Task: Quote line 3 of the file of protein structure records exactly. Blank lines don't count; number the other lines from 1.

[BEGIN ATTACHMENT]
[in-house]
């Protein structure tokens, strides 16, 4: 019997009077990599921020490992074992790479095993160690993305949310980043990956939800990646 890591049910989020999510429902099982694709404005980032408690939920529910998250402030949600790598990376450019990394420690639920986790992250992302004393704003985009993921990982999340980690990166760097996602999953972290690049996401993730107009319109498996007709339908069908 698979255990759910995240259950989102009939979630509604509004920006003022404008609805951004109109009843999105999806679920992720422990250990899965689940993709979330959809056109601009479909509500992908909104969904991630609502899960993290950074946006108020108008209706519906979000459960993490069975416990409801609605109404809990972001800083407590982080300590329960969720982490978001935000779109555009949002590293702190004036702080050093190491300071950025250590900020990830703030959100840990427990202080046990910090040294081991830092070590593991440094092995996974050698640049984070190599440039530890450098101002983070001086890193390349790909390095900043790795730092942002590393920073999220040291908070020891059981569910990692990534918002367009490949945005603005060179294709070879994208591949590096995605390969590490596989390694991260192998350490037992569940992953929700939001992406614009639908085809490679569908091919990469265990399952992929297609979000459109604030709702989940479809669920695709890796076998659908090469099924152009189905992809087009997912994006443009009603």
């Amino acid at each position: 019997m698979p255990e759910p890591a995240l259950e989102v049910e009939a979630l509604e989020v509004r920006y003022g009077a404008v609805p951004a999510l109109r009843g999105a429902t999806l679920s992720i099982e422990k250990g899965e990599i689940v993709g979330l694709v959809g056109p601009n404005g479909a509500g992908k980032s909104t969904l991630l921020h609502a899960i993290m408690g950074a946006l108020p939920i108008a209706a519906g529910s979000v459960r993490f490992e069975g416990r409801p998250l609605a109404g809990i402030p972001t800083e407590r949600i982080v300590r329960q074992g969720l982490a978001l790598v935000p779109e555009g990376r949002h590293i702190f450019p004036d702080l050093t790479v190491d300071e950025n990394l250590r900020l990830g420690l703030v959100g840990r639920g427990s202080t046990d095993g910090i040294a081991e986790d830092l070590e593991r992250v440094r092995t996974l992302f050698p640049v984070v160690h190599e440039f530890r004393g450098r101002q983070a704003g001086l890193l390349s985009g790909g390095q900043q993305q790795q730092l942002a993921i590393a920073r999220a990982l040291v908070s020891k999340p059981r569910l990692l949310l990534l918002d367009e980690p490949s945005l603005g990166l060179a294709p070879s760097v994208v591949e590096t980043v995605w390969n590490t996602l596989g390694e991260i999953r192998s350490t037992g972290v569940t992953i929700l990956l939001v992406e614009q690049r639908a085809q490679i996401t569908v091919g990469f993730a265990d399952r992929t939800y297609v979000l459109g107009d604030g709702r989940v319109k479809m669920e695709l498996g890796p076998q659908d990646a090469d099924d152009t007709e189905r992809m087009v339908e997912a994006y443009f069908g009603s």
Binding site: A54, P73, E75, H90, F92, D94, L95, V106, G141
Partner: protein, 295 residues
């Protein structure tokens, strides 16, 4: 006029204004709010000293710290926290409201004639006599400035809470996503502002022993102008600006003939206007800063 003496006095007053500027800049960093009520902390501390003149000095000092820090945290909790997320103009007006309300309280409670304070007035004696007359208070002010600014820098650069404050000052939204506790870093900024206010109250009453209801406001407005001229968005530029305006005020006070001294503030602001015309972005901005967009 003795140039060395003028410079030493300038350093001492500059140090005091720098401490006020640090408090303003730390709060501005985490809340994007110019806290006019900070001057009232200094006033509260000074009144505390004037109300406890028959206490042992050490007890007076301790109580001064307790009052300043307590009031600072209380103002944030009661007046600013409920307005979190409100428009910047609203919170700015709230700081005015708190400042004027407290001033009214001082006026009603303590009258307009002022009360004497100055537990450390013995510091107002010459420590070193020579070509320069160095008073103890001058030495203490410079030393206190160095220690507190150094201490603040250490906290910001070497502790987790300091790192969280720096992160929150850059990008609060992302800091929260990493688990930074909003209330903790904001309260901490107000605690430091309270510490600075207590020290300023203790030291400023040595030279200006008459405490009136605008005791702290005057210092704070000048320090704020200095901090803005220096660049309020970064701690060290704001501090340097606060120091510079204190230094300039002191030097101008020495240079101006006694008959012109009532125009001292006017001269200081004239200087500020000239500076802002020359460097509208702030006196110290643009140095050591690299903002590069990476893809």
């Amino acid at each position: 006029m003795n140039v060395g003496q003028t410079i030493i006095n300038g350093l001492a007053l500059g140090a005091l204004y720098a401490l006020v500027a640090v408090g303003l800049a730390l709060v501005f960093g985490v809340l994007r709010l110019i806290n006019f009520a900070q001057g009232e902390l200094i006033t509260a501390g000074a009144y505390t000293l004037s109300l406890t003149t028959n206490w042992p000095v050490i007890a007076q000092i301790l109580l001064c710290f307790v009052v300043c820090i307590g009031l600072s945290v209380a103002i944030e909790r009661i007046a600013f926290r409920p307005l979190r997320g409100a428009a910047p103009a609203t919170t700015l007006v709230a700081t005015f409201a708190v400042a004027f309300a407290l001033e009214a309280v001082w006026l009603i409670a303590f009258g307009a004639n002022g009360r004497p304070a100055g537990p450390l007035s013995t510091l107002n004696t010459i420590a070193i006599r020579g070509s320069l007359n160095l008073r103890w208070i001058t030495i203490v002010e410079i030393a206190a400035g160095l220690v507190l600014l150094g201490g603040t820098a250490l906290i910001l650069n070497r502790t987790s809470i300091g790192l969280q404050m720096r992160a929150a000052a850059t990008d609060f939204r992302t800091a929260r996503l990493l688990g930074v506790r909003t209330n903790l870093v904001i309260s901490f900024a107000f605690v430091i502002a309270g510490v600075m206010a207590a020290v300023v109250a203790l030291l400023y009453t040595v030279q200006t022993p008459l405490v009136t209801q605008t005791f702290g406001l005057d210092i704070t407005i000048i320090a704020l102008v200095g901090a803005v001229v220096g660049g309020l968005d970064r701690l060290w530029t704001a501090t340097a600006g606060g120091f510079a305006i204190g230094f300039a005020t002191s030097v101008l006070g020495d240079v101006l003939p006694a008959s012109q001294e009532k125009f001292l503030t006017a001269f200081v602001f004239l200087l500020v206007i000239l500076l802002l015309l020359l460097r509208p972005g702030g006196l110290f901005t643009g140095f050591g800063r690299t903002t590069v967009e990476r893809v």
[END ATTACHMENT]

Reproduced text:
């Amino acid at each position: 019997m698979p255990e759910p890591a995240l259950e989102v049910e009939a979630l509604e989020v509004r920006y003022g009077a404008v609805p951004a999510l109109r009843g999105a429902t999806l679920s992720i099982e422990k250990g899965e990599i689940v993709g979330l694709v959809g056109p601009n404005g479909a509500g992908k980032s909104t969904l991630l921020h609502a899960i993290m408690g950074a946006l108020p939920i108008a209706a519906g529910s979000v459960r993490f490992e069975g416990r409801p998250l609605a109404g809990i402030p972001t800083e407590r949600i982080v300590r329960q074992g969720l982490a978001l790598v935000p779109e555009g990376r949002h590293i702190f450019p004036d702080l050093t790479v190491d300071e950025n990394l250590r900020l990830g420690l703030v959100g840990r639920g427990s202080t046990d095993g910090i040294a081991e986790d830092l070590e593991r992250v440094r092995t996974l992302f050698p640049v984070v160690h190599e440039f530890r004393g450098r101002q983070a704003g001086l890193l390349s985009g790909g390095q900043q993305q790795q730092l942002a993921i590393a920073r999220a990982l040291v908070s020891k999340p059981r569910l990692l949310l990534l918002d367009e980690p490949s945005l603005g990166l060179a294709p070879s760097v994208v591949e590096t980043v995605w390969n590490t996602l596989g390694e991260i999953r192998s350490t037992g972290v569940t992953i929700l990956l939001v992406e614009q690049r639908a085809q490679i996401t569908v091919g990469f993730a265990d399952r992929t939800y297609v979000l459109g107009d604030g709702r989940v319109k479809m669920e695709l498996g890796p076998q659908d990646a090469d099924d152009t007709e189905r992809m087009v339908e997912a994006y443009f069908g009603s």